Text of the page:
I have never seen so much rain in my entire life. Rain is not a big thing in Wyoming. It may rain for a couple of hours but then it is over, and, if you go twenty miles you can drive out of it. Not so on Thursday. We drove in snow and sleet and hail and rain for twelve solid hours. We skirted two tornadoes. Poor Mollie. She hates rain and was forced to get out of the nice warm car at the rest stops to use the "pet area." As were her owners who stood right there beside her. We all smelled like wet dog by the time we got Home.
Home was very much like home. I defied the old saying and did go Home again. It was wonderful. Even the tornado watches and warnings. We sat in the basement listening to the radio just like I remembered doing as a kid. Luckily all the tornadoes went north of us. We went to all the cemeteries and decorated the graves. My mother's stone had come loose from the base so we had to get cement and secure it. Even that was good. Nothing like gluing down a tombstone to ground a person. I sure missed all the people whose graves we visited. But just being there allowed me to reconnect to them through memories. Home is emerald green and full of crops and cows and familiar sights and smells.
Mentor Mary is good. So is her husband. He has had a couple of strokes and requires a lot of care but is cheerful in spite of a lack of short term memory. He forgot I had lost weight. When I greeted him the first thing he said was, "My God you sure are not as fat as you were." Mary almost fell through the floor, but I think this may have been one of the best compliments I've ever received. We had fun with them. Someone gave them a cat a couple of months ago when their dear old cat died. You guessed it. The new cat was pregnant. They now have four kittens living in the clothes closet. Cutest damn cats in the world. It has been years since I have seen kittens. The kitties spent their time nursing, sleeping and making war on Mary's shoes. Before we left they had finally conquered her white terry cloth scuffs. Mark had to physically restrain me from bringing one home. Mollie was a peach the whole time we were gone and Mary's husband said she would make "a fine huntin' dog."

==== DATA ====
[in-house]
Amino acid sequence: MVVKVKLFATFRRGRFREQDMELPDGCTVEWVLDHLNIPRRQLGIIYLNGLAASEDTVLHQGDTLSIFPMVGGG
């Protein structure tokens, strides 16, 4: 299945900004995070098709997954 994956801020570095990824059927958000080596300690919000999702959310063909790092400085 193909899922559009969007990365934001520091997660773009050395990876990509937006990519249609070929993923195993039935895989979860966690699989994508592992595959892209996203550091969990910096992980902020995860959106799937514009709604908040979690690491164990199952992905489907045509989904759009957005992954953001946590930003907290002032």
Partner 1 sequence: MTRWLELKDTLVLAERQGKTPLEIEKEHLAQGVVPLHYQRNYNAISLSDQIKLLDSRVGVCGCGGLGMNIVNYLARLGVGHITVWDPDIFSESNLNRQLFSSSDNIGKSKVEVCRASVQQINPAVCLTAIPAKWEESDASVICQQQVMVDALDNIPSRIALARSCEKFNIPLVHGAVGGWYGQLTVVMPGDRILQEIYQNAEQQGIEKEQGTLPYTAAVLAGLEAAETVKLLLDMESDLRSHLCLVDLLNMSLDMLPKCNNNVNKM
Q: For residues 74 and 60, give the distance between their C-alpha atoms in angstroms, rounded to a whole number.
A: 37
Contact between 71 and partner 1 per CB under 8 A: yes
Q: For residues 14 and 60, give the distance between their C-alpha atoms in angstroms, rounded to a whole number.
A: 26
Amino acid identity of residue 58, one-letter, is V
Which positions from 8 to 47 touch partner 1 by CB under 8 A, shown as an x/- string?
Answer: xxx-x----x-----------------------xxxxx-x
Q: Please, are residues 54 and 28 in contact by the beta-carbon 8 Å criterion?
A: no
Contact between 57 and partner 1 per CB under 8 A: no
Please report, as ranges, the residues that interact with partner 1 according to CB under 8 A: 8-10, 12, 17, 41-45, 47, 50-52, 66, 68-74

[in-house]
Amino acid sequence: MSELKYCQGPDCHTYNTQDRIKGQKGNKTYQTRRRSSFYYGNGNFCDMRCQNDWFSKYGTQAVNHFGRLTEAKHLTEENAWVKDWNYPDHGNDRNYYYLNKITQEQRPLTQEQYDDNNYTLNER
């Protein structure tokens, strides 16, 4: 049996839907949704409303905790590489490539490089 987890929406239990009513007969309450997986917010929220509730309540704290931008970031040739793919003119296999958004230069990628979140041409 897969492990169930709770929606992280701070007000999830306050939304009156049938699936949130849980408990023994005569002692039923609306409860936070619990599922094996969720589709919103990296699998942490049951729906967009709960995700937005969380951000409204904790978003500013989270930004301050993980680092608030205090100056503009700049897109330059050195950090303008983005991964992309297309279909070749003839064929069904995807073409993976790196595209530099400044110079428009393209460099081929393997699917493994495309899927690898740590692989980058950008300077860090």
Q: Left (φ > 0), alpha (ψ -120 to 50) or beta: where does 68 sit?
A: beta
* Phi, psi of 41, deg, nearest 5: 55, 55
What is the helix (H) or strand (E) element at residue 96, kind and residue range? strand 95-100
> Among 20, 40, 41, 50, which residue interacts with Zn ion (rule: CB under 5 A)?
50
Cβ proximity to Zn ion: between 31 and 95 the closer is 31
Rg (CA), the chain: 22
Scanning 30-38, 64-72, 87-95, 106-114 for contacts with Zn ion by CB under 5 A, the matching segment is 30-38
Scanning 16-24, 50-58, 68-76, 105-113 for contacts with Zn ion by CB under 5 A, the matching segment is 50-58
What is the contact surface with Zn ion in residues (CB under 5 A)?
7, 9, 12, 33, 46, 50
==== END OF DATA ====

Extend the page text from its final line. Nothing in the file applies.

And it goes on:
I seem to be having ..."hope surges" for lack of a better description. I noticed it first when we were driving around the countryside after visiting the graves. I was looking at familiar ground and was suddenly feeling the optimism I used to feel as a sixteen year old looking at those same fields and vistas. Feeling like all the world was before me and gobs of wonderful things were awaiting me just around the next corner. Not my usual way of being. These flashes of "happy youth" continue. I noticed this morning that I was excited about the prospect of summer. Sort of like I was expecting a myriad of new fun adventures. Now I am telling you straight out we do not have a fun filled summer planned. Mark has some awful trials coming up, we are too broke to go anywhere and we have to build a deck and paint the garage and shed. But still the notion persists that summer is coming and it it going to be grand. Weird huh?
I just finished "When Food is Love" by Geneen Roth. A ground breaking book for me. It is about abused children and their use of food as an antidote to pain. I now know the difference between a compulsion and an addiction. I have been struggling with this difference for a year. I am a compulsive eater. I am not physically addicted to food. I have choice and there is an end to using food for somatic purposes. If I so choose I can be free. I so choose.
Hope you all had a drier holiday than me. Take care.